Right. Um, and I think that’s, uh, that’s kinda my perspective. on it, so, 

Well, yeah, no, I don’t. Um, you were, I think I told you the hardest guests to research and the hardest guests to get on, but there’s not much about your past or you don’t do a lot on social media. It’s suffice to say, tell me about some of your founder journey, maybe your most recent 

company. 

Yeah, sure. Absolutely. Yeah, so Obviously, I, I, I’m definitely not on social media. I don’t know if that’s a good or a bad thing. I think I was just saying I don’t have 

time. Oh, right, right. Good. That’s strong Kim bother. 

Yeah, no, no, no, no. There’s no good reason. I just, just, it’s not part of the workflow. Um, but yeah, we can talk about my most recent, company, a company called workspace.

it was a commercial real estate enterprise software company. The websites go workspace.com If anyone’s going to take a look at it. Um, I partnered with a guy prior to that. I’d been in the, uh, in the ad tech space for several years and a partner with a guy, um, who I had done business with. We actually in the, the senior care category, one of several categories we were in together. but, Um, and his wife was, uh, actually worked for a company called Lincoln property company, which is a big property management company in the United States. Um, and he went into their office one day and he, uh, he sat in the office, this was like an. 13, maybe early 14. And he sees, a work orders coming over on fax machines and he sees binders of COI sitting on the tables, et cetera.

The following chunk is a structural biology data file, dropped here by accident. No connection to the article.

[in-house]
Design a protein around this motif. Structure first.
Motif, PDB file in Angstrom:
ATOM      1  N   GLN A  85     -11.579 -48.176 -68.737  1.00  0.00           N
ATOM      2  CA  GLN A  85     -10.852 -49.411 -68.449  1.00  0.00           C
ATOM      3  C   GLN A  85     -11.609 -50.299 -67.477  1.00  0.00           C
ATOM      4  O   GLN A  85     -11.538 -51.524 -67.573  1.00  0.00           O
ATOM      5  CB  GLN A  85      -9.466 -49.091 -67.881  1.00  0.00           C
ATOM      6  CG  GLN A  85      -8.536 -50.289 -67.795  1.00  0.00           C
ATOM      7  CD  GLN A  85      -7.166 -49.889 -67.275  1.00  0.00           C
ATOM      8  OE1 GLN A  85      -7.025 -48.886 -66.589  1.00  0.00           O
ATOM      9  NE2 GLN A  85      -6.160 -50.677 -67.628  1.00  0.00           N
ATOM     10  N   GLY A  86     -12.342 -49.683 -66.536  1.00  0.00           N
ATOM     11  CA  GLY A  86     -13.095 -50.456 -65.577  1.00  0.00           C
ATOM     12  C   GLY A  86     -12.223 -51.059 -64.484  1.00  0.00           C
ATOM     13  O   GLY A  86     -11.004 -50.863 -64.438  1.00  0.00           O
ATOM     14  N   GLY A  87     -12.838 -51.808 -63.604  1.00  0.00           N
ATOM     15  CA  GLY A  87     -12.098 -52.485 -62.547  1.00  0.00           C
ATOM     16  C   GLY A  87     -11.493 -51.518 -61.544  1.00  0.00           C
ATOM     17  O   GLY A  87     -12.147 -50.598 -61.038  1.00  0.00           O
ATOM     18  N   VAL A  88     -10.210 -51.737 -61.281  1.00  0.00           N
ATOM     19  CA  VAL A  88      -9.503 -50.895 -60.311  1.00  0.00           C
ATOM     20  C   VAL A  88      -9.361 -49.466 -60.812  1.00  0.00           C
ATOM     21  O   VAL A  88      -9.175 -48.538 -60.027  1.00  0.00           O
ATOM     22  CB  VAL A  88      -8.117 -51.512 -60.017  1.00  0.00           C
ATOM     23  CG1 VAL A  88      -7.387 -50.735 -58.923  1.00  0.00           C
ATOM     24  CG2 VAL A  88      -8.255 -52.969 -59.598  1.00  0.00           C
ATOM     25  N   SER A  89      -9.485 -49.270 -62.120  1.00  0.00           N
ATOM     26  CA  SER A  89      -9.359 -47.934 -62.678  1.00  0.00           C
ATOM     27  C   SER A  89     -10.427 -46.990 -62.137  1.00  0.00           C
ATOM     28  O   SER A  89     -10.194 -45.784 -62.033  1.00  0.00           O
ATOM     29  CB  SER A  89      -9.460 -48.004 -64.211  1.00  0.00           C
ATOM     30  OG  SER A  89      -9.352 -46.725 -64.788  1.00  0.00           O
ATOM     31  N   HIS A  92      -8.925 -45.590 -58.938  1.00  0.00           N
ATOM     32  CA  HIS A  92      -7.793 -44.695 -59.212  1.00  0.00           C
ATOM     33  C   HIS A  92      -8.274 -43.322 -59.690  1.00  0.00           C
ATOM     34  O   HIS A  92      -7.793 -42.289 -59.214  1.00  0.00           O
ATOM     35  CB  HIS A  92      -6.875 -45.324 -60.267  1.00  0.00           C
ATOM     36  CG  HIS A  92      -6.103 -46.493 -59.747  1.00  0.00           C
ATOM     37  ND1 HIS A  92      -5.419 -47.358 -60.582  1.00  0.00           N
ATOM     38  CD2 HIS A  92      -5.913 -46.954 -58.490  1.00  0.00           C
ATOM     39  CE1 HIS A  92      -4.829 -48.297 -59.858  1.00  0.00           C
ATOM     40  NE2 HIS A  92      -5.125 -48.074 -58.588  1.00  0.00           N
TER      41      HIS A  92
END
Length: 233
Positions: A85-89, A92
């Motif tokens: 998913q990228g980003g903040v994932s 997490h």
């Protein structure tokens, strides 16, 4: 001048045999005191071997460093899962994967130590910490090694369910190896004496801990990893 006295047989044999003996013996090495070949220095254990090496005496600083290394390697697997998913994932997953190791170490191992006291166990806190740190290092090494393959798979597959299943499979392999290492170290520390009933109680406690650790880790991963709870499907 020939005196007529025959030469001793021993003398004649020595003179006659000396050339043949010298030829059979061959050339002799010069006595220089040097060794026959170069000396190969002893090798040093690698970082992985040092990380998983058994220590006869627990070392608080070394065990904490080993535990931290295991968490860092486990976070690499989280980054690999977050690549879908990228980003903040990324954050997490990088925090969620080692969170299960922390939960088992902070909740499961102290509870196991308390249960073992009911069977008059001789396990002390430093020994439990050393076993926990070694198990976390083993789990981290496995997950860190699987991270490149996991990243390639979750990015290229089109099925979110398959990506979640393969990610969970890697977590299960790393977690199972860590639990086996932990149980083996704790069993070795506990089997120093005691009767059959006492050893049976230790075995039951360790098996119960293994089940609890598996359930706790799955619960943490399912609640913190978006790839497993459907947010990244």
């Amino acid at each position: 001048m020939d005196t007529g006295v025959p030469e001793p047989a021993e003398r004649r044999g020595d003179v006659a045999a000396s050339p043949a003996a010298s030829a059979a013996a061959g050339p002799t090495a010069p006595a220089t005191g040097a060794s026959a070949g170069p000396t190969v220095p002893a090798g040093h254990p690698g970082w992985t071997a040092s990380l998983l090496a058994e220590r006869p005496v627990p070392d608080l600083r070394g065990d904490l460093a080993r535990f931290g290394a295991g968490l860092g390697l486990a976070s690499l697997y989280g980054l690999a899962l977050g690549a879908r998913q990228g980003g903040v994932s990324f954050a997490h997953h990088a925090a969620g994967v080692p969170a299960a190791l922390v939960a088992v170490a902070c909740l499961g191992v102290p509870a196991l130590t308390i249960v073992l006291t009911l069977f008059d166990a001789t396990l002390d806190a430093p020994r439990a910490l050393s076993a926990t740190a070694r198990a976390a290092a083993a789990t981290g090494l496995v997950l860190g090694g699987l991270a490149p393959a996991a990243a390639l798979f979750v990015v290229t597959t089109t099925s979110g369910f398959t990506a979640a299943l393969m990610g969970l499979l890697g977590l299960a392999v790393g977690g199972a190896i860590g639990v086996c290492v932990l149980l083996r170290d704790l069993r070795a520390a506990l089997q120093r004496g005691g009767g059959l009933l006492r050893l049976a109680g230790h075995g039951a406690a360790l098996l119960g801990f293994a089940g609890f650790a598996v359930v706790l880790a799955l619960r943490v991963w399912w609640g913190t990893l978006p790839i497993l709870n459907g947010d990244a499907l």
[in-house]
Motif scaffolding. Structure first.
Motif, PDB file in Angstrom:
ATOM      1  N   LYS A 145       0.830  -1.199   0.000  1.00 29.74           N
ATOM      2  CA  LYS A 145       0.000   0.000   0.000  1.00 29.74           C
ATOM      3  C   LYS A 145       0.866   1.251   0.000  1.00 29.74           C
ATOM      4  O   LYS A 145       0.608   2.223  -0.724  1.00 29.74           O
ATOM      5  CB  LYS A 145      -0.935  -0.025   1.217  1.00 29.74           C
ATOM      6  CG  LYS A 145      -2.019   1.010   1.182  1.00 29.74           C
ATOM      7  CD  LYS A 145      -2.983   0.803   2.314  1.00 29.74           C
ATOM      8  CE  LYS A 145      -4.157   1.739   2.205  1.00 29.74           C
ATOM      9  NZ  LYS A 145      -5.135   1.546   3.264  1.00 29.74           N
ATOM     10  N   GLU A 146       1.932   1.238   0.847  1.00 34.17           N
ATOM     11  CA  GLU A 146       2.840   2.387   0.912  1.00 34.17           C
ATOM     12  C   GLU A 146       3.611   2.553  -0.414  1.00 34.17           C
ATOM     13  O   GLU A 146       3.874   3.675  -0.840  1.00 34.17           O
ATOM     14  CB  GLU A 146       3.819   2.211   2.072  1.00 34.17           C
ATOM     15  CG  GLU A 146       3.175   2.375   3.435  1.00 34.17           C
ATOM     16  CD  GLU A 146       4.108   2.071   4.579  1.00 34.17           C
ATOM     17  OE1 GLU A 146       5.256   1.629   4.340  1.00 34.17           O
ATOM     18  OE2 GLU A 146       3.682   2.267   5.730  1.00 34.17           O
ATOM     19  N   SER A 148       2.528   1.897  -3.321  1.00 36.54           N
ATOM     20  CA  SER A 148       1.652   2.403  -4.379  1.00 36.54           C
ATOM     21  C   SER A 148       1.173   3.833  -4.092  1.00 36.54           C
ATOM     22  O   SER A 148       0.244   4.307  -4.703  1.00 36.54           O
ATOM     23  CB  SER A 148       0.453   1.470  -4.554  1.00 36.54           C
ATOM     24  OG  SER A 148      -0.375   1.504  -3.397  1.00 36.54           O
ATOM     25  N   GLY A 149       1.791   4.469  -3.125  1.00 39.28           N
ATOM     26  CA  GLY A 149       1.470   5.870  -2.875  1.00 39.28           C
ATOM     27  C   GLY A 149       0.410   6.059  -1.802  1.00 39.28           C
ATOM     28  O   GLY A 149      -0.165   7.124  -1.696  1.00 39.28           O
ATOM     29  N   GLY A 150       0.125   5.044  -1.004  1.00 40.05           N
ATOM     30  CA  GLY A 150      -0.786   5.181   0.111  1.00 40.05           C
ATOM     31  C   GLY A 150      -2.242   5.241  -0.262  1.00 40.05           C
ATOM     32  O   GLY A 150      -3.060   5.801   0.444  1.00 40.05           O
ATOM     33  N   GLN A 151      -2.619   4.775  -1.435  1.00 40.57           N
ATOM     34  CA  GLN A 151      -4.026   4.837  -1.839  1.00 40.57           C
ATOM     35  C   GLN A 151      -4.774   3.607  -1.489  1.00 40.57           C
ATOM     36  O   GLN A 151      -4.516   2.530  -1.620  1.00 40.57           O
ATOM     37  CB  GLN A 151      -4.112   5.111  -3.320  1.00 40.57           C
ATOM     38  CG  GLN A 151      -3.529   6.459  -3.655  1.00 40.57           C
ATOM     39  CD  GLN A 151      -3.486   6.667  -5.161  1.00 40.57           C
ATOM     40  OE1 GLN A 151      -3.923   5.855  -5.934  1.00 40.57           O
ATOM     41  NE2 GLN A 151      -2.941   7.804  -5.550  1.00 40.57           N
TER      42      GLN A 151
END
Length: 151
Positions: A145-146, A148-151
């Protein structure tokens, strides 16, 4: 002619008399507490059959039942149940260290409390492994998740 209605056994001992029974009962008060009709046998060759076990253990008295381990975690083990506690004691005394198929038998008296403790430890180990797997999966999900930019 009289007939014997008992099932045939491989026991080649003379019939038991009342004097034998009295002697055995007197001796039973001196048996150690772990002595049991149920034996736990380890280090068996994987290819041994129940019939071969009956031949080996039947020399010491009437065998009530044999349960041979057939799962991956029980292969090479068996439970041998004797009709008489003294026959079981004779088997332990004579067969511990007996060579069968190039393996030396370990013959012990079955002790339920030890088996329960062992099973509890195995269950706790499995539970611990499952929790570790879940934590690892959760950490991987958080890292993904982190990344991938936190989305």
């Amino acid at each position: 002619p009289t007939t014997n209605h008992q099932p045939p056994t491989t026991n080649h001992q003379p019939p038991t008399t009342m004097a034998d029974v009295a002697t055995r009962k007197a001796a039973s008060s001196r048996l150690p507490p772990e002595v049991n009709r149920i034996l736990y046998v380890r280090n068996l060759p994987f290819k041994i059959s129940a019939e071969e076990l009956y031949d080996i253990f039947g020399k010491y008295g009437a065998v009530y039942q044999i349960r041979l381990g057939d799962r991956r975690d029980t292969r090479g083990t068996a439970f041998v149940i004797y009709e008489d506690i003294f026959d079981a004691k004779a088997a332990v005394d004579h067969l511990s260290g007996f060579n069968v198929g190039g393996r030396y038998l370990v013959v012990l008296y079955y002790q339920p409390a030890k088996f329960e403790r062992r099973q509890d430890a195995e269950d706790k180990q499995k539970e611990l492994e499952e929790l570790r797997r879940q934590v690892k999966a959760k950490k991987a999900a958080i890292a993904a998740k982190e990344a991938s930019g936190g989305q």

And he sees them FedExing manual checks around the United States for payment. And he said to himself, this is, You know, and meanwhile, the company’s managing probably close to a hundred million square feet of commercial office. And he’s like, this is, there’s a huge opportunity here. So, so started the company with, um, building a, uh, you know, very simplistic, just simple work order system right. where you could enter work orders.